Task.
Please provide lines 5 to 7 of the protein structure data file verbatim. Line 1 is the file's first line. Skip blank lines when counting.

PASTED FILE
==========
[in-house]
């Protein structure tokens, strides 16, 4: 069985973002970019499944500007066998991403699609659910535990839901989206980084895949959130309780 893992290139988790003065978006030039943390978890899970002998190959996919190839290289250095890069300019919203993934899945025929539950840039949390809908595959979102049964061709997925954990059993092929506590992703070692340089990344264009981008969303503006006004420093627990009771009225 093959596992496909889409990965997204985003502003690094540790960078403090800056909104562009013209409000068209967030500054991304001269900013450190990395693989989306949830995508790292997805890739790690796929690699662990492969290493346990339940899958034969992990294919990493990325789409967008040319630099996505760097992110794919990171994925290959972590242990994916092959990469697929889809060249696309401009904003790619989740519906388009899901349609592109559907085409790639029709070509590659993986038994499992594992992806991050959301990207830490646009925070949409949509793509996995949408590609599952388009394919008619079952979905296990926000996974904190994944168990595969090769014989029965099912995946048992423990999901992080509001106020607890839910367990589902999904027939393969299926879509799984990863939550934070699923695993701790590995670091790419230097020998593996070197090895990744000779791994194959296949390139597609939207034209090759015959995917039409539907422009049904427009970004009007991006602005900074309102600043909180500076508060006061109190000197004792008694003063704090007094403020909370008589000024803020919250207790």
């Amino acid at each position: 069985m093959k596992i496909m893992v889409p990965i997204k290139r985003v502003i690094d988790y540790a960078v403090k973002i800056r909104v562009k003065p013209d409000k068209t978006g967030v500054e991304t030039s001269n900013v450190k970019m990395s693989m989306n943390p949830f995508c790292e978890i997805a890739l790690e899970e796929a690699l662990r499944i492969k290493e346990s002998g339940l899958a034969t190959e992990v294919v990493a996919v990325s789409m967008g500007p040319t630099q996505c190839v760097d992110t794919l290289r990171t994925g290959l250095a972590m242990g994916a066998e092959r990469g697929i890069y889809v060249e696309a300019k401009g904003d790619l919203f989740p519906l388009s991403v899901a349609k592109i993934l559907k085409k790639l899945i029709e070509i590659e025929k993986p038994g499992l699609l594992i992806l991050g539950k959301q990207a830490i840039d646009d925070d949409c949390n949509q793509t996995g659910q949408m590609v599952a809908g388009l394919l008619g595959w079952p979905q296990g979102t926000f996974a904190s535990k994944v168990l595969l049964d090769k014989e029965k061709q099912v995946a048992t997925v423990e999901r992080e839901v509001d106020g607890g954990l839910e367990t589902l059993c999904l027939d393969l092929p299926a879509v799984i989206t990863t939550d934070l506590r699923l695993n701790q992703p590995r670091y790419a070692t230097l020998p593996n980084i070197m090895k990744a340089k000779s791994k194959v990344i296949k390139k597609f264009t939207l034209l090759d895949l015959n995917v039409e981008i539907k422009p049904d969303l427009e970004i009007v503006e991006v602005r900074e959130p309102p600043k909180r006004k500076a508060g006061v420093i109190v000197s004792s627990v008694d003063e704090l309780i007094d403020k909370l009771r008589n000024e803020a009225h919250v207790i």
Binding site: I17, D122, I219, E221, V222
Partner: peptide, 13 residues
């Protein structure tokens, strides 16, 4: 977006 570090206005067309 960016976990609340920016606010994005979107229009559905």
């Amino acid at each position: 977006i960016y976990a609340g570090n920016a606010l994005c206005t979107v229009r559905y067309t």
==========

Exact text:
Partner: peptide, 13 residues
């Protein structure tokens, strides 16, 4: 977006 570090206005067309 960016976990609340920016606010994005979107229009559905």
């Amino acid at each position: 977006i960016y976990a609340g570090n920016a606010l994005c206005t979107v229009r559905y067309t």